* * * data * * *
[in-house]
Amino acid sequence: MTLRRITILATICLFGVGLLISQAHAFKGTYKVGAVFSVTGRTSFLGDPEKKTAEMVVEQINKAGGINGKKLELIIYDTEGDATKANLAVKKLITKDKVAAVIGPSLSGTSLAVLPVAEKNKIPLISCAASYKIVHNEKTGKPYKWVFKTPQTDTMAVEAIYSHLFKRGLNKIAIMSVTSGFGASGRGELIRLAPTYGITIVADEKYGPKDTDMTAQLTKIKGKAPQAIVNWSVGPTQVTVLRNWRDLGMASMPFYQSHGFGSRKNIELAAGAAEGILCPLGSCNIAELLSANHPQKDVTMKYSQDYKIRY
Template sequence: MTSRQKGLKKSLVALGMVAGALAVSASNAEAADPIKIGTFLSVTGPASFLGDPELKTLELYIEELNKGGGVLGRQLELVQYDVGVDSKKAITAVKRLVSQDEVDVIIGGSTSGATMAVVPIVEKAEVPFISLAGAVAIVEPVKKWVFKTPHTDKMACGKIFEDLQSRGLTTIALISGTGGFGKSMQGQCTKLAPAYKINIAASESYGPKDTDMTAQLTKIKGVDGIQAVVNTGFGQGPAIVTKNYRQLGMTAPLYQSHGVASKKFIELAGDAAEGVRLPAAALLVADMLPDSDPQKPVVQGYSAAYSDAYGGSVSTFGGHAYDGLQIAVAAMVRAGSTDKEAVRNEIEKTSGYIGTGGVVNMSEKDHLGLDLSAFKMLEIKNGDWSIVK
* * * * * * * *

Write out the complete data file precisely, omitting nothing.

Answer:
[in-house]
Amino acid sequence: MTLRRITILATICLFGVGLLISQAHAFKGTYKVGAVFSVTGRTSFLGDPEKKTAEMVVEQINKAGGINGKKLELIIYDTEGDATKANLAVKKLITKDKVAAVIGPSLSGTSLAVLPVAEKNKIPLISCAASYKIVHNEKTGKPYKWVFKTPQTDTMAVEAIYSHLFKRGLNKIAIMSVTSGFGASGRGELIRLAPTYGITIVADEKYGPKDTDMTAQLTKIKGKAPQAIVNWSVGPTQVTVLRNWRDLGMASMPFYQSHGFGSRKNIELAAGAAEGILCPLGSCNIAELLSANHPQKDVTMKYSQDYKIRY
Template sequence: MTSRQKGLKKSLVALGMVAGALAVSASNAEAADPIKIGTFLSVTGPASFLGDPELKTLELYIEELNKGGGVLGRQLELVQYDVGVDSKKAITAVKRLVSQDEVDVIIGGSTSGATMAVVPIVEKAEVPFISLAGAVAIVEPVKKWVFKTPHTDKMACGKIFEDLQSRGLTTIALISGTGGFGKSMQGQCTKLAPAYKINIAASESYGPKDTDMTAQLTKIKGVDGIQAVVNTGFGQGPAIVTKNYRQLGMTAPLYQSHGVASKKFIELAGDAAEGVRLPAAALLVADMLPDSDPQKPVVQGYSAAYSDAYGGSVSTFGGHAYDGLQIAVAAMVRAGSTDKEAVRNEIEKTSGYIGTGGVVNMSEKDHLGLDLSAFKMLEIKNGDWSIVK